Who will the UUs choose to run for South Belfast…

Slugger hears that Bob Stoker and Michael McGimpsey are the only candidates that will square off for the party’s South Belfast candidature for Westminster… That’s not a surprise, but given how McGimpsey bombed both in 2005 – losing a formerly safe UU seat to the SDLP’s Alisdair McDonnell conceding third place to a virtual unknown DUP candidate in the process – and then managed to chip even more off his total in 2007 it is a pretty poor back to the future scenario for the party. The Tory candidate, Peter McCann, is a recent arrival into politics (and possibly too Catholic for many in Donegall Pass, Sandy Road Row and Taughmonagh). Can he really expect to have a viable run at the seat?

Update: As DW points out down below, the selection meeting has not taken place yet (the first word I had last night was that it was in progress, but then turned it wasn’t)… Both the above are standing. Paula has not voiced publicly her position on standing. I am told there is one other considering the possibility of doing so. So although I stand by the thrust of my analysis below, I put my hand up on screwing up the significant detail of the facts of the story…This is a seat that needed a big name to get the UUs over the win line this time out… Handing it back to a pair of old hands would certainly give the DUP something to run at, given how last time Jimmy Spratt picked up 29.6% to McGimpsey’s 22.2%. Indeed Spratt used a piece in the South Belfast News today to remind the UUs they could do a deal over the seat, just like they used to do in the past…

But Spratt himself is unlikely to be good enough this time out either. Whilst he was only just short of the mark the last time, the TUV effect (however weak or strong it proves) will likely tip the seat even further away from him. But the DUP still have time to contemplate their precise response to the Ulster Unionist/Conservaitve choice here. Could they choose a game changing candidate?

McDonnell got 30.1% last time, marginally ahead of Spratt. But he has had the opportunity to dig in to the constituency which may help him in turn dig further into Sinn Fein and Alliance votes than he did in 05. Last time out he got little public sympathy from Sinn Fein’s leadership, and in the case of the Alliance they now have a sitting MLA in the constituency whose vote they will be very keen to preserve. So even for McDonnell it will be a matter of squeezing out votes from wherever he find get them.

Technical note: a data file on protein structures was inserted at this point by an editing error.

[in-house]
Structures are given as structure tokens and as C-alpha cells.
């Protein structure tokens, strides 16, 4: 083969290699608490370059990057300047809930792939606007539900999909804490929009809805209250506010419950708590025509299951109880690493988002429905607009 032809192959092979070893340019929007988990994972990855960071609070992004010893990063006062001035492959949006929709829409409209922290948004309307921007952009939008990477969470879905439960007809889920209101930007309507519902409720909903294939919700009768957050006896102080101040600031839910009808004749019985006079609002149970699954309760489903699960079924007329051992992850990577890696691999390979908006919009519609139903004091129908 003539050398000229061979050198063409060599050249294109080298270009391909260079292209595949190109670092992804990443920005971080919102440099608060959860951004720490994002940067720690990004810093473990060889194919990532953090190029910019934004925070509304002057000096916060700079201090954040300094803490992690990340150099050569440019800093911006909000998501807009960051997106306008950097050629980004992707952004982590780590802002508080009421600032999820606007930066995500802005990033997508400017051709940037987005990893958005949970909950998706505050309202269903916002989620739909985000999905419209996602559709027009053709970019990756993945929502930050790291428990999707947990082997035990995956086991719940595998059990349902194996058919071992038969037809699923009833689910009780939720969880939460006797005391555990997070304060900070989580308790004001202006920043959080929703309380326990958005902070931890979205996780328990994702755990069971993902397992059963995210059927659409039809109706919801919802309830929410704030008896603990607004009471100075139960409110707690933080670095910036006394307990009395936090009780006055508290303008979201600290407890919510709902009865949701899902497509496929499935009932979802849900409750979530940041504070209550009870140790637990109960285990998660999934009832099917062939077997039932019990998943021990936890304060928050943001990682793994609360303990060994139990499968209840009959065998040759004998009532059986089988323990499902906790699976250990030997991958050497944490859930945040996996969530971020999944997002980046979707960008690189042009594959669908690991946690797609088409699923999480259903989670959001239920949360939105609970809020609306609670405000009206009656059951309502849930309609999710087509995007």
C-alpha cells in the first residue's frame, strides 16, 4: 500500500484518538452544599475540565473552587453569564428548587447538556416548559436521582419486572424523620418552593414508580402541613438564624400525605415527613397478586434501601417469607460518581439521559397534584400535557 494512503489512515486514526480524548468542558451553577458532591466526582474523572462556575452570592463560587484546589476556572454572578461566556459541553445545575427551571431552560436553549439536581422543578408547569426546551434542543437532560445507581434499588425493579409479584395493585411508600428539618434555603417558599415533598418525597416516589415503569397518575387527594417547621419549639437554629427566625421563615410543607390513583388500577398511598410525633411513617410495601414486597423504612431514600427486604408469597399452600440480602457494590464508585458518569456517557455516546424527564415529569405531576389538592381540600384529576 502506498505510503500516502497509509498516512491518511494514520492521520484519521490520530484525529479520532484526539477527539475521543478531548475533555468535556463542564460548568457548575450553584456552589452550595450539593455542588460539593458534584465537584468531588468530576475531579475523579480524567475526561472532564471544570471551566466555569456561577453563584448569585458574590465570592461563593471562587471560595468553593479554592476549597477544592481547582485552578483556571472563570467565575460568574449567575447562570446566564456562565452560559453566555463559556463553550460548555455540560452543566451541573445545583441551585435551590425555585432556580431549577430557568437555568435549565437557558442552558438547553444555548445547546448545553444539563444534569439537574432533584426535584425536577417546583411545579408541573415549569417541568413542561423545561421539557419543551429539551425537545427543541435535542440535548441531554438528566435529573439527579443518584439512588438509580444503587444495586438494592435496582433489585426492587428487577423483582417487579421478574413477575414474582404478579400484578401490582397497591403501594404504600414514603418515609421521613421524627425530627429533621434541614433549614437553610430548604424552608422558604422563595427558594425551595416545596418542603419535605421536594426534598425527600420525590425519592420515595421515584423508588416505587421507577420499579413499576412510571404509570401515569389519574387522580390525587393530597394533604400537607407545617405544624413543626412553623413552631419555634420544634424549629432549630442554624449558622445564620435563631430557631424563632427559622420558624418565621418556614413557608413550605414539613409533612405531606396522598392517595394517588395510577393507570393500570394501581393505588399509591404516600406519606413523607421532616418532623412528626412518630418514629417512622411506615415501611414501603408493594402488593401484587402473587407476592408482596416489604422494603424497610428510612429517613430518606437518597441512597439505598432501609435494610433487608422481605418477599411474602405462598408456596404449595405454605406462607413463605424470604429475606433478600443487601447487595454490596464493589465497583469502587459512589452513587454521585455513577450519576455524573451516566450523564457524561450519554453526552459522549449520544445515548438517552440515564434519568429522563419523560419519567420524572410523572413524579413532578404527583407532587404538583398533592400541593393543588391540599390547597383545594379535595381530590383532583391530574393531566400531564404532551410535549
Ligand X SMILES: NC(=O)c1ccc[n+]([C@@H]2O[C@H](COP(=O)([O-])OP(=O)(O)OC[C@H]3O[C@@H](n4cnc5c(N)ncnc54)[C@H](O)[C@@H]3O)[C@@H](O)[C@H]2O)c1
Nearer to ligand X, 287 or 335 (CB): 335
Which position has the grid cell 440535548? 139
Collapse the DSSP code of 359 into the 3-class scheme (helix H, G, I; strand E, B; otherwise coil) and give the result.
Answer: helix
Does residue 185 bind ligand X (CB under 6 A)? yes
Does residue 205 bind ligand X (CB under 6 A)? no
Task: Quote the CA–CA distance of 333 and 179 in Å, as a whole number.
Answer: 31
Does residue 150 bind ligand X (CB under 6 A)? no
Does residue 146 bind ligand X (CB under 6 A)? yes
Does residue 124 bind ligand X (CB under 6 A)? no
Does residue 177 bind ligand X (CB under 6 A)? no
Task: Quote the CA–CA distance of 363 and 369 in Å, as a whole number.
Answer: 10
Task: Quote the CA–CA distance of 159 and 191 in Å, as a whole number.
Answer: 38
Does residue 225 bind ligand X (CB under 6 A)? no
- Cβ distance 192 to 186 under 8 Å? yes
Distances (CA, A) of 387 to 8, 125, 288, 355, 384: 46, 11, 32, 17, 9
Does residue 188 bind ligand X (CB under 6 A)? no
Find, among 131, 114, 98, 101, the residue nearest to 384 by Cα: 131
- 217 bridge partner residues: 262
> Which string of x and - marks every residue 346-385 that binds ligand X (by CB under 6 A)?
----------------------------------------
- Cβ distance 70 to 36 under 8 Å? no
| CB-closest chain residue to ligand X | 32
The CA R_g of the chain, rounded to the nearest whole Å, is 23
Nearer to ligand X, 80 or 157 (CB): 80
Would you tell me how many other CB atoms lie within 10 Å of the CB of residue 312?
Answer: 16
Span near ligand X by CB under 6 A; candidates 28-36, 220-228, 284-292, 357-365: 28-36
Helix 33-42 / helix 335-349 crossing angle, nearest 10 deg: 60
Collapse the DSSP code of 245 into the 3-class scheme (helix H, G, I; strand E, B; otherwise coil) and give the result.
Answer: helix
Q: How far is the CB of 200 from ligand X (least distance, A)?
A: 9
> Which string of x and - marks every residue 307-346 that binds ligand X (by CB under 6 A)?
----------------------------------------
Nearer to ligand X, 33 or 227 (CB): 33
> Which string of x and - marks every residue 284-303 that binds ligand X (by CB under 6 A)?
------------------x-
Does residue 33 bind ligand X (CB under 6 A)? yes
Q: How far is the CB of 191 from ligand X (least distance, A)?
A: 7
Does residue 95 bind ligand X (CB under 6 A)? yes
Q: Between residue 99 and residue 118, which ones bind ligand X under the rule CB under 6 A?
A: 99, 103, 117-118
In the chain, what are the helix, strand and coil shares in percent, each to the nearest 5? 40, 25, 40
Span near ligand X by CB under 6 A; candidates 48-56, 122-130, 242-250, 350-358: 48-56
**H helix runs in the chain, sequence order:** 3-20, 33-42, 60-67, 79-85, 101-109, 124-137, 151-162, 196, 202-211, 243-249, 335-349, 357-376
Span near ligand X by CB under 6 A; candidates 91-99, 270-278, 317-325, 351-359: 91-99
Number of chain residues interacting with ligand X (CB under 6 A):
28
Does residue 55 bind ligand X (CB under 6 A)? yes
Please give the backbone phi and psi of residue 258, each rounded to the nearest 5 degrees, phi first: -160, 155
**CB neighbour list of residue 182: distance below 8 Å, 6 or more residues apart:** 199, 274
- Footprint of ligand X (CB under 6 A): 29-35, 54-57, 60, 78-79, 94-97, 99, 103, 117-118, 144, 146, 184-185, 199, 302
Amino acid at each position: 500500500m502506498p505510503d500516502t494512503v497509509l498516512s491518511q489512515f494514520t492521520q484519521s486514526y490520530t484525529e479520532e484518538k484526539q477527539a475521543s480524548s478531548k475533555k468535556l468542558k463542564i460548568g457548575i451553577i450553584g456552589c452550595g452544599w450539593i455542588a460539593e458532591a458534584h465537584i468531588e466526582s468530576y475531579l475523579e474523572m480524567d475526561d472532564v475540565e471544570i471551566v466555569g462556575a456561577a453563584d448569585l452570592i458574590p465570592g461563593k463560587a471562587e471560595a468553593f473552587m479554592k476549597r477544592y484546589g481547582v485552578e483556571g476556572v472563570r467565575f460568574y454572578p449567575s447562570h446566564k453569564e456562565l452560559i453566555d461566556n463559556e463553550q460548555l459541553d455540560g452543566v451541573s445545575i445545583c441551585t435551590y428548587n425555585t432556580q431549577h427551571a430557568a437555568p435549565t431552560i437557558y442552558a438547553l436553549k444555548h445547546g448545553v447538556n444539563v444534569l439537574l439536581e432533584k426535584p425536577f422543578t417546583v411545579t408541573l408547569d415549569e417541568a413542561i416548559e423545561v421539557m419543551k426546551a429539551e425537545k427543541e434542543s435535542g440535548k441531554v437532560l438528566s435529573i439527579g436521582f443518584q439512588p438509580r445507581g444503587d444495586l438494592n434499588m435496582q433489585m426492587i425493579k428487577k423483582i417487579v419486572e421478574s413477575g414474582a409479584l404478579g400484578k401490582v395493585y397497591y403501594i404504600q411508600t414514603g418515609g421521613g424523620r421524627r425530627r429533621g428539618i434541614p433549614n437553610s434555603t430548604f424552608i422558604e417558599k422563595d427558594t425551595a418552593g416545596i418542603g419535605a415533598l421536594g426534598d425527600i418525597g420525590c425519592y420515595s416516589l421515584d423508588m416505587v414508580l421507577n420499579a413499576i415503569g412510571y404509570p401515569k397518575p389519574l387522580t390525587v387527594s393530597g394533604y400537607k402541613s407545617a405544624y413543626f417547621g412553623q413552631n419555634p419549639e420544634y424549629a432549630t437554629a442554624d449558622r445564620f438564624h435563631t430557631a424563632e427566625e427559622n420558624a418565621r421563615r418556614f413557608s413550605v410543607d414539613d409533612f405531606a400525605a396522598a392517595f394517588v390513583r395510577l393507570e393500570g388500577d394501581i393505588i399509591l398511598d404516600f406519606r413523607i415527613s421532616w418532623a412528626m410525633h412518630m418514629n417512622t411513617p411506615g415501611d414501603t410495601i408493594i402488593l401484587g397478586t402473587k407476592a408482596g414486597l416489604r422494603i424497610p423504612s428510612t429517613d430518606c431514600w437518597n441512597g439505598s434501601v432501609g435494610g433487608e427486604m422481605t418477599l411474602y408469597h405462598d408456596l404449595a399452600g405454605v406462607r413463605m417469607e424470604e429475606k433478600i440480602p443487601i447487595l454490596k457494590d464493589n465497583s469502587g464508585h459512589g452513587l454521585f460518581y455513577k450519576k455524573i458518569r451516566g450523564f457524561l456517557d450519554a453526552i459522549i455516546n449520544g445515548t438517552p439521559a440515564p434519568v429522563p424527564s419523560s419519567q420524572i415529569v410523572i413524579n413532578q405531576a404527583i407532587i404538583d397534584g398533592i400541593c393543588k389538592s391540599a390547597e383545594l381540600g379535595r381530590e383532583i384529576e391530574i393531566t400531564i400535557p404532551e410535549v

Even if McDonnell is a notional favourite, I would not like to call the overall winner… Still without a deal with the DUP neither the Minister for Health nor councillor Stoker will take the seat back for the Ulster Unionists, which may be just as well, since the Conservatives began the day with this little number on the evils of double-jobbing:

“The Conservatives were the first party in Northern Ireland to call for an end to double-jobbing in Northern Ireland. Voters want full-time MLAs, MPs and MEPs and rightly believe they currently get a raw deal when some of their elected politicians split their time between Stormont and Westminster.

“We have introduced amendments to legislation that are aimed at ending double-jobbing by Northern Ireland politicians at Stormont and Westminster. They are also intended to ensure that all decisions on MLAs’ salaries, allowances and pensions are made by a third party, as at Westminster. We believe the current situation is wrong and should end.”

So if the seat is unlikely to change hands this time round, if the UCU-NF are planning a two phase play then neither Stoker nor McGimpsey make sense. The one new party player that had been in the frame, Paula Bradshaw, is now believed out of the running. But as the Tories’ battleground director Marion Little told Slugger earlier this year:

“This is not about one election. We need candidates who will speak to all parts of society. We’ve seen success in England come over two election cycles from candidates who were prepared to get down and connect with people outside traditional Conservative voting communities”

That leaves us with the possibility that McCann is the unlikely dark horse that breaks through the middle. It would be a risky strategy… One, because by backing an unknown it risks the DUP gaining incumbency first, ie before McCann has had time to get his feet under some of the more prosperous tables of south Belfast.

And two, it would be predicated on the far from proven assumption that the legendary Garden Centre Prod (those 150k who came out to vote yes in the referendum, but whom appear to have given up on politics ever since) will respond positively to the opportunity to vote for a post sectarian choice in a seat with a significant slice of wealthy Catholic middle class residents…

And yet, stranger things have happened at sea… At the very least, McCann would be a credible fulfillment of the Conservative party’s promise to desectarianise its offering in Northern Ireland… And a decent litmus test for any other party foolish enough to want to try and break the bonds of our tribal past…

Mick is founding editor of Slugger. He has written papers on the impacts of the Internet on politics and the wider media and is a regular guest and speaking events across Ireland, the UK and Europe. Twitter: @MickFealty